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  • What's the meaning of the popular mexican expression "Te (la) bañaste", "Se (la) bañó"?.

  • What's the origin?

Examples:

1.

A: El profesor de matemáticas nos encargó, el día de hoy, resolver cien problemas algebraicos para mañana.

B: ¡Ah se la bañó! Son muchos.

2.

A: Olvidé que ayer era el cumpleaños de mi mamá.

B: Te la bañaste. ¿Como se te pudo olvidar algo así?

3.

A: Estabamos caminando a lado de la alberca y aventé a mi hermano a ella.

B: Te bañaste. Que malo eres.

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+1 First time I hear the term. Question: On the first example, should it be ¡Ah, se la baño! or ¡Ah, se la bañó! (past)? –  Icarus Jan 19 '12 at 15:39
    
@Icarus Thank you. Adding the accent. –  Alfredo Osorio Jan 19 '12 at 15:51
    
I had never heard it either –  MikMik Jan 19 '12 at 15:57
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3 Answers

up vote 6 down vote accepted

In the context where I live this expression is used to denote a type some type of excess.

A: El profesor de matemáticas nos encargó, el día de hoy, resolver cien problemas algebraicos para mañana.

B: ¡Ah se la baño! Son muchos.

In the example above it means that the professor let his students a lot of work, I don't think you can translate (even in slang) to English, in order to denote a similar meaning you would use expressions such as:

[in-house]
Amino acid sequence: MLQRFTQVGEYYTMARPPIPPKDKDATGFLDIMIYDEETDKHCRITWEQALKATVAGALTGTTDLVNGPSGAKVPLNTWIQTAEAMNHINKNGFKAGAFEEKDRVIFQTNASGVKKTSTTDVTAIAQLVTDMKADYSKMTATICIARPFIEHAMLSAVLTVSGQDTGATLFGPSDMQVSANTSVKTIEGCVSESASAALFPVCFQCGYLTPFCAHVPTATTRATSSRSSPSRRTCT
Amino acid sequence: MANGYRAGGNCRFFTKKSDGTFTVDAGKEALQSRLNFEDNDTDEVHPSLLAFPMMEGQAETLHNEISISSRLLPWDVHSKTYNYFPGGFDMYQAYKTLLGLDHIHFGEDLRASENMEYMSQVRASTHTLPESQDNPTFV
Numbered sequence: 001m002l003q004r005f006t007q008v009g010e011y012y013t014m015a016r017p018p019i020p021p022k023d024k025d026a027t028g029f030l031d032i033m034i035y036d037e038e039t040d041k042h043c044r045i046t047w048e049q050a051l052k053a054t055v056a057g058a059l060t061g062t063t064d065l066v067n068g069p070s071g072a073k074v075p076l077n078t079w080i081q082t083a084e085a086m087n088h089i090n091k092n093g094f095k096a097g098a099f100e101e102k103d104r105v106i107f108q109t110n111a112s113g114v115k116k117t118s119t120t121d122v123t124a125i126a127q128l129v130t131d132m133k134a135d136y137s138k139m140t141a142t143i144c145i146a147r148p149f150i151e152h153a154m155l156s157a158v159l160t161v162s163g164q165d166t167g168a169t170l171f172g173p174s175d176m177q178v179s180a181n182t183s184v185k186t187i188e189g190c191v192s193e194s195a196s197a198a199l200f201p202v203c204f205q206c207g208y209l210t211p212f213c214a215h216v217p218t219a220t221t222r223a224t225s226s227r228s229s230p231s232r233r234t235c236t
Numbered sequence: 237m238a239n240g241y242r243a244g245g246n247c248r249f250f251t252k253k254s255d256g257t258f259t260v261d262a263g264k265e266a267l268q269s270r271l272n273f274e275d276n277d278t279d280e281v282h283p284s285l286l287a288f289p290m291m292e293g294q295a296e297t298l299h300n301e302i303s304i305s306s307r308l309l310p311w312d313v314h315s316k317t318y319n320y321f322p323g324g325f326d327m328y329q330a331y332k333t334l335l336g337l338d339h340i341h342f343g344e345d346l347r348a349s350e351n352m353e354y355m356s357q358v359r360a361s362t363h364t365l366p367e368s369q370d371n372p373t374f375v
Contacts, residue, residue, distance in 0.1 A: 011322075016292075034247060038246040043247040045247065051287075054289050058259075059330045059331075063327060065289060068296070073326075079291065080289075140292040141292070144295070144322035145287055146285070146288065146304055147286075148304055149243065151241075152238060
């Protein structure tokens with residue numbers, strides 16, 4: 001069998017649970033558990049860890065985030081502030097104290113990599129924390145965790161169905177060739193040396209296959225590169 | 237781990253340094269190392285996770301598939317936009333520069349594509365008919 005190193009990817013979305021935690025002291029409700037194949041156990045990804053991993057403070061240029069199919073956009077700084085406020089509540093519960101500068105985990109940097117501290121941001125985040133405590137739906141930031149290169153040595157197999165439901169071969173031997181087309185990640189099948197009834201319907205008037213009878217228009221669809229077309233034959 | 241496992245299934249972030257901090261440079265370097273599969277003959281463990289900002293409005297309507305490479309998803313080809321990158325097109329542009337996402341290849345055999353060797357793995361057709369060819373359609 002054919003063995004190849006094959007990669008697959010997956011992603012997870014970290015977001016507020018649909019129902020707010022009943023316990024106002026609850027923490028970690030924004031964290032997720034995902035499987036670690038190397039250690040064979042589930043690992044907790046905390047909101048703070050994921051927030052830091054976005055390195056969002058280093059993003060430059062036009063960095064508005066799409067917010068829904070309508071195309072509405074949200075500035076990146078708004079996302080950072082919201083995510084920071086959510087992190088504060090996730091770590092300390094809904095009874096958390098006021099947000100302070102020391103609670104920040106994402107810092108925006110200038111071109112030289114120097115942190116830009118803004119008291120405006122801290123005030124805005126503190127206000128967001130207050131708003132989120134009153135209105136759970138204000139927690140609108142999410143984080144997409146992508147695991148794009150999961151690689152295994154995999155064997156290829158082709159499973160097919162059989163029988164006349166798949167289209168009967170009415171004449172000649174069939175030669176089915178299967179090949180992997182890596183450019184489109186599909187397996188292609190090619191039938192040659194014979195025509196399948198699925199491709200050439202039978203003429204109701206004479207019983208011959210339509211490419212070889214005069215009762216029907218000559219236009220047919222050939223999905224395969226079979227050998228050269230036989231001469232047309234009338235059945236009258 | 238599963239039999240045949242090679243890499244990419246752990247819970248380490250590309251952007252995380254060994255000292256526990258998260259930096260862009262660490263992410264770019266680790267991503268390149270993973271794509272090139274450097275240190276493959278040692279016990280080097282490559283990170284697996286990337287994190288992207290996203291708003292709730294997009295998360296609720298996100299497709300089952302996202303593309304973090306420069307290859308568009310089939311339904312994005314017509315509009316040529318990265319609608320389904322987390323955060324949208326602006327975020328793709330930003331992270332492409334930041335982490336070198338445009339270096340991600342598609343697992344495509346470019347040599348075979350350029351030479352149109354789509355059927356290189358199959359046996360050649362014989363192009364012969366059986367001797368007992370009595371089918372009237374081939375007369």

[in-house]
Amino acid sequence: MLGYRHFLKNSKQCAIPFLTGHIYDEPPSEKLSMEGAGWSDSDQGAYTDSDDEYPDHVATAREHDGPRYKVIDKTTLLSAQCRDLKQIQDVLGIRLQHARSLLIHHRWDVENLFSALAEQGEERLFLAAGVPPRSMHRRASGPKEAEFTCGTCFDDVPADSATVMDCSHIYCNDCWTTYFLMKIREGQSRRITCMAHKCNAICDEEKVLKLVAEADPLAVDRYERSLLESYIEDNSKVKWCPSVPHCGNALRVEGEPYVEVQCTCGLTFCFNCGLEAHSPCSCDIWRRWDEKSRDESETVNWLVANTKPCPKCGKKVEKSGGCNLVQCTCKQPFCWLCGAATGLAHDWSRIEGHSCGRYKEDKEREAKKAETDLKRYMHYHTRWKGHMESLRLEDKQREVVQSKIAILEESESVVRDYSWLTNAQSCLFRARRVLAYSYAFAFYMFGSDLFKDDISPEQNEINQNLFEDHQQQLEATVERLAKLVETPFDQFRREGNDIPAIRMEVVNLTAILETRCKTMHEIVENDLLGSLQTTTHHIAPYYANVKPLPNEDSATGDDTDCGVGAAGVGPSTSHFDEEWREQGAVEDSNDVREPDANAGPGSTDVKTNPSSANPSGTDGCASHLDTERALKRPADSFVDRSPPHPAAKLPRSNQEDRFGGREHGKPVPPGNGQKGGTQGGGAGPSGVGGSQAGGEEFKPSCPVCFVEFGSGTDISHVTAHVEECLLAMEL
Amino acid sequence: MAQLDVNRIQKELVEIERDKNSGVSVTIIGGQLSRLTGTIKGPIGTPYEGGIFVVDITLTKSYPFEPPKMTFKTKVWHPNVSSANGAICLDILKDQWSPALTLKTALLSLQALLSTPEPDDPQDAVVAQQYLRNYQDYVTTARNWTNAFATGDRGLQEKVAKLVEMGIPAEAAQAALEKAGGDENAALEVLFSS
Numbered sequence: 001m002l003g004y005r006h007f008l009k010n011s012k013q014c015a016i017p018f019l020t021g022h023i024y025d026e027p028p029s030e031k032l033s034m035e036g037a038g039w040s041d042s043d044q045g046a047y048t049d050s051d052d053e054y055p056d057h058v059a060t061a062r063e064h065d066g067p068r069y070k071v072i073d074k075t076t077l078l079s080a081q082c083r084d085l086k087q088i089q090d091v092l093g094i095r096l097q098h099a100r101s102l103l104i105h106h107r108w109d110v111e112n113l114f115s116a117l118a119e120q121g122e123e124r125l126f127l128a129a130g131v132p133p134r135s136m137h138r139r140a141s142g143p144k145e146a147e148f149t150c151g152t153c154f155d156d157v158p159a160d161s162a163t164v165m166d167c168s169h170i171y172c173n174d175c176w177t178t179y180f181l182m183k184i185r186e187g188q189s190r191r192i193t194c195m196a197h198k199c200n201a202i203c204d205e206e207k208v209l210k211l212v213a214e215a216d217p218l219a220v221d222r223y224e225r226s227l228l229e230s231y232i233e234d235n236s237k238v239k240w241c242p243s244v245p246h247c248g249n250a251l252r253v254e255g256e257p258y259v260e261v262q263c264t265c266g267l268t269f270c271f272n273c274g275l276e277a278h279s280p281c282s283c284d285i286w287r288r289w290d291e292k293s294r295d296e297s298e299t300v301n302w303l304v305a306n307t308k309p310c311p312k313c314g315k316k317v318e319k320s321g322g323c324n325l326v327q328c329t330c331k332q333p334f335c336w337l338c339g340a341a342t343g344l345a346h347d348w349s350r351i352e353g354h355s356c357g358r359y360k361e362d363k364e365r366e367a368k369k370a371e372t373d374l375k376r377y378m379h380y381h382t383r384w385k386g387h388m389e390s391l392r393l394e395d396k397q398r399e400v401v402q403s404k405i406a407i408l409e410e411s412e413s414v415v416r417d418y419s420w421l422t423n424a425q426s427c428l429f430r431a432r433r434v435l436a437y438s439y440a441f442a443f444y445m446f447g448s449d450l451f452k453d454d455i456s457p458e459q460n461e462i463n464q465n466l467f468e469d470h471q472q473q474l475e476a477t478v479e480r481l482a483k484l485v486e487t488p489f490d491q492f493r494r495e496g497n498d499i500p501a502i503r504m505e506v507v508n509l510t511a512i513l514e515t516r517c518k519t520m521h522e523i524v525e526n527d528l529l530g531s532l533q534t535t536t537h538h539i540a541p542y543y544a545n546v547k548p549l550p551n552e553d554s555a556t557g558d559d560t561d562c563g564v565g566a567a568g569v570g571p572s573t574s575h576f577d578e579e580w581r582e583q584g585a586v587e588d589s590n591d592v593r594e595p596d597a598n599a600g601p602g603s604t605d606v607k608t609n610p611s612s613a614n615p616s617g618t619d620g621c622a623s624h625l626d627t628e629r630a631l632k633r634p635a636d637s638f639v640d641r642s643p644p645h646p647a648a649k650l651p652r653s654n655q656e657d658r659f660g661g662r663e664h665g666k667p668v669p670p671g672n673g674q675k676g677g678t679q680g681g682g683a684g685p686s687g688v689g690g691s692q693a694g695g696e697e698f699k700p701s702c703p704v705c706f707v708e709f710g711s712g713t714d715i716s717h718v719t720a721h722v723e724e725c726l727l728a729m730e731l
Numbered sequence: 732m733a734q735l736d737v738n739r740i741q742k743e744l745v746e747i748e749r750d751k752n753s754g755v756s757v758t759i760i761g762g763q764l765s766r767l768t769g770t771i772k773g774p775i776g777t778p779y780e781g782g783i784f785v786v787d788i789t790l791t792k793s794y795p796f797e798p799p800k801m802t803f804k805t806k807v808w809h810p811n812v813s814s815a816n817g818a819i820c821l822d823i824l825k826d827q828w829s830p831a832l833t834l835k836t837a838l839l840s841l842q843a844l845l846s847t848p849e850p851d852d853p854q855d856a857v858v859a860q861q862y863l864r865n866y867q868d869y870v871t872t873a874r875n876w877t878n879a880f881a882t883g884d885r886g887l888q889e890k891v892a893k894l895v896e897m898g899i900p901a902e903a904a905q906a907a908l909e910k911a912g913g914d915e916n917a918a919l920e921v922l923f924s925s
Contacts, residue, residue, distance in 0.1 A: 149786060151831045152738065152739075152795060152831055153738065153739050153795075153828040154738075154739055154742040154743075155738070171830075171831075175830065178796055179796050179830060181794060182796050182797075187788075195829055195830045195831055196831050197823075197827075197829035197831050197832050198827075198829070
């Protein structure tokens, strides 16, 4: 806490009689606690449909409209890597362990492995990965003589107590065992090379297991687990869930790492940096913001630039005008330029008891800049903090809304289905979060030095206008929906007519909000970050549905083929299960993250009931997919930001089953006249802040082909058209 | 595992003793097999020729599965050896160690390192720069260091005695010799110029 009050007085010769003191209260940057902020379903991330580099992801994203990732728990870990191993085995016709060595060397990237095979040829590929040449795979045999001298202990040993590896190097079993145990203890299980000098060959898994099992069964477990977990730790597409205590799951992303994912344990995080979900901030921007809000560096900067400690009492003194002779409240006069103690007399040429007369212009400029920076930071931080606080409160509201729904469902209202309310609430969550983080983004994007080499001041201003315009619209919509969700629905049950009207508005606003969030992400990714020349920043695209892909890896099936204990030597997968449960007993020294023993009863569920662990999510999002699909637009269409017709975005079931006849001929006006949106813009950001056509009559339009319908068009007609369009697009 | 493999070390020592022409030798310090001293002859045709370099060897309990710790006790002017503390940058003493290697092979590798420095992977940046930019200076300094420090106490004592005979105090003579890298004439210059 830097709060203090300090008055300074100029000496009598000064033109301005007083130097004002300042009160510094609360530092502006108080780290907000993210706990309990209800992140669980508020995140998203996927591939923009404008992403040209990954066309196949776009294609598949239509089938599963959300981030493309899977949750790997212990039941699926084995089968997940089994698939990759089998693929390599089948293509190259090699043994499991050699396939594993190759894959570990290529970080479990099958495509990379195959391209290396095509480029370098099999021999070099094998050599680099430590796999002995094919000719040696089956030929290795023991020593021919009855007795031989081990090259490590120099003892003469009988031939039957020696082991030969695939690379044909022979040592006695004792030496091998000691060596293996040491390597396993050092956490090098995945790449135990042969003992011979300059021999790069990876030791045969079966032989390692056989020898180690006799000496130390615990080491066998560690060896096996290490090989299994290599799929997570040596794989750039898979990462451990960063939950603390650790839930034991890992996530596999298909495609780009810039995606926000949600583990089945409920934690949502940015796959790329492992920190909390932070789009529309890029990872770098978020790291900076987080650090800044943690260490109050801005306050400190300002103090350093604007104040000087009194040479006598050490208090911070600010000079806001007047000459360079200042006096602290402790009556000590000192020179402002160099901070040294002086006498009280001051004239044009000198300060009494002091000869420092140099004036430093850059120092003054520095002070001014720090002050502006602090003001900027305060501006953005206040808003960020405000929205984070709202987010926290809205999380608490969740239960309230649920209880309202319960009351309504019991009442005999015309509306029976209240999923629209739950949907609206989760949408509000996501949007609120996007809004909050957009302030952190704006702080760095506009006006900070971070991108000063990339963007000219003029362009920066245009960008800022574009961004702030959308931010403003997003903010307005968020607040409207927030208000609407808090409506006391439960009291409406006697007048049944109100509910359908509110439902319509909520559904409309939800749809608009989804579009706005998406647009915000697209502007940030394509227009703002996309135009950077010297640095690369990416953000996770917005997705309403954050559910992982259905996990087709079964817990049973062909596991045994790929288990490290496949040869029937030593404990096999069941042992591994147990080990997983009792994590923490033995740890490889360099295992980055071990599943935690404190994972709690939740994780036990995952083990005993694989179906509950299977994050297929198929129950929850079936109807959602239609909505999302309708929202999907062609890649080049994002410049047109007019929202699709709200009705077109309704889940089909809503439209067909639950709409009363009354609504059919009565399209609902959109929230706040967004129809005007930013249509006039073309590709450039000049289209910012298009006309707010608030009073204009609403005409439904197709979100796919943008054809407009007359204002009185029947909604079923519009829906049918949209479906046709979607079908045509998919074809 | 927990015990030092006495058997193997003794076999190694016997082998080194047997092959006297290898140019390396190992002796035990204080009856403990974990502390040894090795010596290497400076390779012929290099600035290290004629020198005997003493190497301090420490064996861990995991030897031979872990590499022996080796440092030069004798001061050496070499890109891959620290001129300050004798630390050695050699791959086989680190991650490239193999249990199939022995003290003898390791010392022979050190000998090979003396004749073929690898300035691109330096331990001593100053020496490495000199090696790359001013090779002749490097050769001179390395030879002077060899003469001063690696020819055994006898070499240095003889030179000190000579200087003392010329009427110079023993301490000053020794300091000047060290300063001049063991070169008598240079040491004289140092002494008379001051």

I can't believe it.
Oh my God!

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+1 In Spain we would say "pasarse" instead of bañarse as "Ah, ¡cómo se pasa!" or "¡ah, se ha pasado cien pueblos!" Though "dar un baño a alguien" means to beat somebody without problems. –  Javi Jan 19 '12 at 15:59
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I think you know the meaning now. But the origin turns out being, to me, an rhythmic euphemism to for the most common and vulgar expression te la mamaste, which has the same meaning. Te la mamaste and te la bañaste have the same syllable at the end, same rhythmic, same vowels. If you hear a twangy version of both expressions, you cannot tell which is which.

Another example illustrating this phenomenon would be

¡Pepe, no manches, otra vez llegaste borracho!

The "no manches" stands actually for a "no mames", which I think you are familiar with.

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It is used to denote excess or exaggeration. Here is how I would translate it:

  • A: El profesor de matemáticas nos encargó, el día de hoy, resolver cien problemas algebraicos para mañana.
  • B: ¡Ah se la baño! Son muchos.
  • A: The math teacher gave us, just today, 100 algebra problems to solve by tomorrow.
  • B: Wow, he/she swamped you. That's a lot.
  • A: Olvidé que ayer era el cumpleaños de mi mamá.
  • B: Te la bañaste. ¿Como se te pudo olvidar algo así?
  • A: I forgot that yesterday was my Mom's birthday.
  • B: You really blew it. How could you forget something like that?
  • A: Estabamos caminando a lado de la alberca y aventé a mi hermano a ella.
  • B: Te bañaste. Que malo eres.
  • A: We were walking a long the edge of the pool and I shoved my brother in.
  • B: You went to far. You're terrible.

So, while there is not a single expression in English that covers all the ways that it is used in Mexico, you can translate it using any number of regional colloquial phrases that express excess. The logic of the phrase is like the English phrase of bathing your food with a sauce. Think of the action of submersing something in a tub of water, it was more than what was needed to clean it. Please note that in most of the other Spanish-speaking countries of the Americas, it is either not used or it only expresses negative excess.

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